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American History
Strong and Weak

       Many times over the years during my life time I found myself placed in a position where I was responsible for people who were youthful. From the beginnings of my cerebral palsied child need for care to my own teenage children, their friends and many others, all have given me wonderful memories. The experiences I had with the head nurse at Chilocco did one thing for me. It made me compassionate and tender with those who were weaker than myself. I always remembered the abuse this woman dealt me and I think this made me want to protect those young ones who were struggling so hard to survive. I could go over in my mind now, there were so many, especially when we lived in Dallas, where mothers and fathers were working just to provide. Monkey blood was the order of the day (mercurochrome with not the pain of merthiolate). Children asked for “monkey blood” as soon as they knew it did not sting and then they wore their red badge. Parents never complained. They seemed thankful someone cared enough for their child  to cover a scratch with medicine.  It is strange how our mind allows us to heal our own wounds by trading rotten involvements for beautiful times with other youthful people. Maybe because of this, my love I had for my alma mater was never sullied. The joys I had while I was there are always with me, after all,  this is where I was taught my home economic background. I believe it was the practice cottage that burned a couple of weeks ago, January 2005. This was the house  where we stayed while we were taught to care for the employee's children on a daily basis.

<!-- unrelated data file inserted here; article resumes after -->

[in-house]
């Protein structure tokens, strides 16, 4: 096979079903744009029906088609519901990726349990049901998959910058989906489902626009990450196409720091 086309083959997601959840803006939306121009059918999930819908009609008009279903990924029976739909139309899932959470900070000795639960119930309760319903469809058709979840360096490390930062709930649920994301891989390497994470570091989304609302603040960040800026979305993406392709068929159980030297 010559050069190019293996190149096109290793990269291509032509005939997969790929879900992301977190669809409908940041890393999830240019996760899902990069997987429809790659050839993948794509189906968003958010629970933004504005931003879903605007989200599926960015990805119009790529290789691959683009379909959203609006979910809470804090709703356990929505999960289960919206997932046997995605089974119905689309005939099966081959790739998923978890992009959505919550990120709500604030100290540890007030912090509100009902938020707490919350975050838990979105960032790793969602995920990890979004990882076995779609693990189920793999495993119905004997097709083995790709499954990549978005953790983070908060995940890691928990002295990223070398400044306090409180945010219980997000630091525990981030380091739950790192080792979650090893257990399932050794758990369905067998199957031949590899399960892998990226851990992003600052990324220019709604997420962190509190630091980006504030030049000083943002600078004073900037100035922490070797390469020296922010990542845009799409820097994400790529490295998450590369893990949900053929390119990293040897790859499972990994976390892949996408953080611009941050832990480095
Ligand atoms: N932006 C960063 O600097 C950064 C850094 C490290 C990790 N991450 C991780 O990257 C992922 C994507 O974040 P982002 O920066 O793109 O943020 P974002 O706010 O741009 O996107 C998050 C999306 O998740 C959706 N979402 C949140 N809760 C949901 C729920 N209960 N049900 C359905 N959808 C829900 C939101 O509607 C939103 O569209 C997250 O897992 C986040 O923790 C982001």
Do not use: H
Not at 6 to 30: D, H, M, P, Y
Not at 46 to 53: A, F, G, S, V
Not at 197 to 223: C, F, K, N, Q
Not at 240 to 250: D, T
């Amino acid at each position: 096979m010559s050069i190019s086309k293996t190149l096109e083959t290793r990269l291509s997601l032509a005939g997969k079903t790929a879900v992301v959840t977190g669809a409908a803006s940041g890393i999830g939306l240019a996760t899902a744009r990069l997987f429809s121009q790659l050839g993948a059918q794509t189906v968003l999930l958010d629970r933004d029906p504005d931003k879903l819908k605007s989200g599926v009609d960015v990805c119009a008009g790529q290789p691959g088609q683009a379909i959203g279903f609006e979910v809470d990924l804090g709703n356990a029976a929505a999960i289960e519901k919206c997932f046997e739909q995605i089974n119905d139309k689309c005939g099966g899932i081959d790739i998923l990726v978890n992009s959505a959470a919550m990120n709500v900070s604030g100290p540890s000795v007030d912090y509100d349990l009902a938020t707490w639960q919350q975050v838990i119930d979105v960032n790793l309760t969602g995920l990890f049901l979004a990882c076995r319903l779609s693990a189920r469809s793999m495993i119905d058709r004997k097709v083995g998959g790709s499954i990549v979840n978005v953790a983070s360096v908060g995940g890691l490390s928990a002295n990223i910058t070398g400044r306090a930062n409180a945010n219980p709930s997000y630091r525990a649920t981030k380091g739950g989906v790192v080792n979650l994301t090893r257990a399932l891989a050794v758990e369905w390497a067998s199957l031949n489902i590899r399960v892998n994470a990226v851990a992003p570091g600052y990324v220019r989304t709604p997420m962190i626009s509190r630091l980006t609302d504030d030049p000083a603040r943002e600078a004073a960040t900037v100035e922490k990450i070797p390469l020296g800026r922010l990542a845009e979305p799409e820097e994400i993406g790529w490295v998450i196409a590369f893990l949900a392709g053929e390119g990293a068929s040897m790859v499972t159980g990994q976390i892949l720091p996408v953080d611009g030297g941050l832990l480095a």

Back to Chilocco at the year of 1956.

      I looked up from my typewriter to see a girl standing beside the nurse.

       “Could you come in here please? I want you to see this girl's arm,”  my friend called to me.

      “Well, what is it?”  I thought.

      There wasn't any blood dripping but still,  I just wasn't that excited about seeing something unsightly with a medical problem.

      As if the girl was proud of her battle scar she turned her arm over so I could see the inside of it and stuck it out toward me.

     There was undoubtedly the most awful injury that could have been seen. It was in the form of teeth marks. There was already infection around the bite. The inside of her arm was swollen and red looking.

     My friend began to take care of the wound as she visited with the girl.

      “You will have to come in this evening after school so I can dress this again. The doctor will be here then and you must see him for this. When did this happen?”

        “This week-end. I got in a fight!”

        “No kidding.”  My nurse friend as usual was short on words.

        I had to ask, “why is that so infected so soon?”

       “Because the mouth is the dirtiest part of the body. All kinds of bacteria grow there on the teeth. This is like her having been inoculated with all sorts of deadly germs.” The knowledgeable woman was always willing to educate.

       The girl did return that evening to see the doctor. With antibiotics she was soon healing up. Her experience had made her a little wiser, hopefully.

Return to Donna's Chilocco Page


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